1953. A year that saw Hillary and Tenzing conquer Everest, the coronation of Queen Elizabeth II and England regain cricket’s Ashes after an absence of 19 years.
It was such a momentous year that the first so-called “bubble cars” rolled off their German production line comparatively unnoticed.
But the sub-700cc powered Messerschmitt motors soon gained a momentum of their own. Experts heralded them as the vehicles that would bring cheap car ownership to the masses.
In 1959 the Austin Mini came along and burst that bubble.
The Messerschmitt’s brief reign in the spotlight was superseded by a cheaper, more practical machine which also boasted four seats. The last bubble car was made five years after that.
The Mini went from strength to strength, leaving the German car to soon become the butt of jokes over its less-than-elegant looks.
Still rallying round
Today the passion for these micro motors remains as strong as ever, as evidenced by a Messerschmitt bubble car rally this month.
Saturday August 1 saw Beaulieu National Motor Museum play host to 50 nostalgia-soaked models from as far afield as Germany and Holland.
Several owners of bubble cars first sold in Britain were also out in force. These could be forgiven a smug grin for having the last laugh.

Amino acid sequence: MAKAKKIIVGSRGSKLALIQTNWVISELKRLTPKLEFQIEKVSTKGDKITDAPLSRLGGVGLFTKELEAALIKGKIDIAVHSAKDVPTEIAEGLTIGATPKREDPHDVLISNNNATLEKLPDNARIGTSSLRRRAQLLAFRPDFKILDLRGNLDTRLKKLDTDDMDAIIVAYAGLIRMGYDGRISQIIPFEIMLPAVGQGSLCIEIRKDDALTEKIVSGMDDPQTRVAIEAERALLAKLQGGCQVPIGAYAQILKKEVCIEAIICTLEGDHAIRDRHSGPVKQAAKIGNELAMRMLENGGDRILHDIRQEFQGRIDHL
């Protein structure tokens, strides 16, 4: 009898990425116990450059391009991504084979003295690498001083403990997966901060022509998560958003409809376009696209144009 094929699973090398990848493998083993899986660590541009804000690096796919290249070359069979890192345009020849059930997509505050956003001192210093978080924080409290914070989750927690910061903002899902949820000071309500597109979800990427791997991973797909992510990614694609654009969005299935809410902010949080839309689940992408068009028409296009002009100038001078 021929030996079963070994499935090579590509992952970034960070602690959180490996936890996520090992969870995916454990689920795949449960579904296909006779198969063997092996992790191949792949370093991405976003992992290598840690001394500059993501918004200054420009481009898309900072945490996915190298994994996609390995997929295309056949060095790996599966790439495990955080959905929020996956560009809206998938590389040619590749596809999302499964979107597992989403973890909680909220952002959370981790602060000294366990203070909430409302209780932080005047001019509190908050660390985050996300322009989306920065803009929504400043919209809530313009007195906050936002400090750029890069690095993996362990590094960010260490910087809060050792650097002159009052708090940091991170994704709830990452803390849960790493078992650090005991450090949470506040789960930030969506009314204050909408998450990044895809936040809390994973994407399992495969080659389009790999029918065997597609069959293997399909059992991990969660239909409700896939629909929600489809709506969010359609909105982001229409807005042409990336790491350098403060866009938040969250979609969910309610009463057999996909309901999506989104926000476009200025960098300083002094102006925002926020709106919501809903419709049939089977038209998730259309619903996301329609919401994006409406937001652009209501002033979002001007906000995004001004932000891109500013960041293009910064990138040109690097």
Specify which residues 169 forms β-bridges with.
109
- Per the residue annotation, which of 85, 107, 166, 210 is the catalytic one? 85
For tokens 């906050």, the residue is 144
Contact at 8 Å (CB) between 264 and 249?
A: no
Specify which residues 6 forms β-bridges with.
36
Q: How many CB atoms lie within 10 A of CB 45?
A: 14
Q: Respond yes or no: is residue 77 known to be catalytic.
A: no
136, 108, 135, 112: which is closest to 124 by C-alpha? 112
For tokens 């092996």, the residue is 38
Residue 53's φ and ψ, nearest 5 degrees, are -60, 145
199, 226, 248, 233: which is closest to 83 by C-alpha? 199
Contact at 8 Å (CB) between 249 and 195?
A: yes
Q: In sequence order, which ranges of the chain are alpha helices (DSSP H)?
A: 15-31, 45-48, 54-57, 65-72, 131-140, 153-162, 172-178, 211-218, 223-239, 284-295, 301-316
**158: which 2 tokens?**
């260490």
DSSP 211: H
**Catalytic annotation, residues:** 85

One connoisseur who can no longer afford a bubble car, but was treated like a hero at the rally, is Ken Piper.
Ken is a veteran bubble car racer and is currently Messerschmitt Owners Club’s (MOC) president.
The rally paid homage to the Portsmouth-based driver, who recalls hitting speeds of 100mph during rally, trial and race wins in these dinky machines.
He admitted at the gathering, though, that he would be scared to look while competing.
Want to join a bubble club?
It’s simple. You can either join the MOC or any other microcar club.
Feed your bubble car passion
Missed the rally, or did it whet your appetite for more things bubble?
You can easily feed that passion because did you know there is an actual bubble car museum here in Britain? Yes, the Bubble Car Museum can be found in the Lincolnshire village of Langrick near Boston.
Just set your journey planner to Clover Farm, Main Road PE22 7AW and you can enjoy more than 50 microcars homed here.
They include the Bamby, Isetta, Bond, Reliant and Frisky.
Adults and children pay £3 and £1 respectively to get in and guests can enjoy recreated shops, a gift shop, cafe and plenty of memorabilia.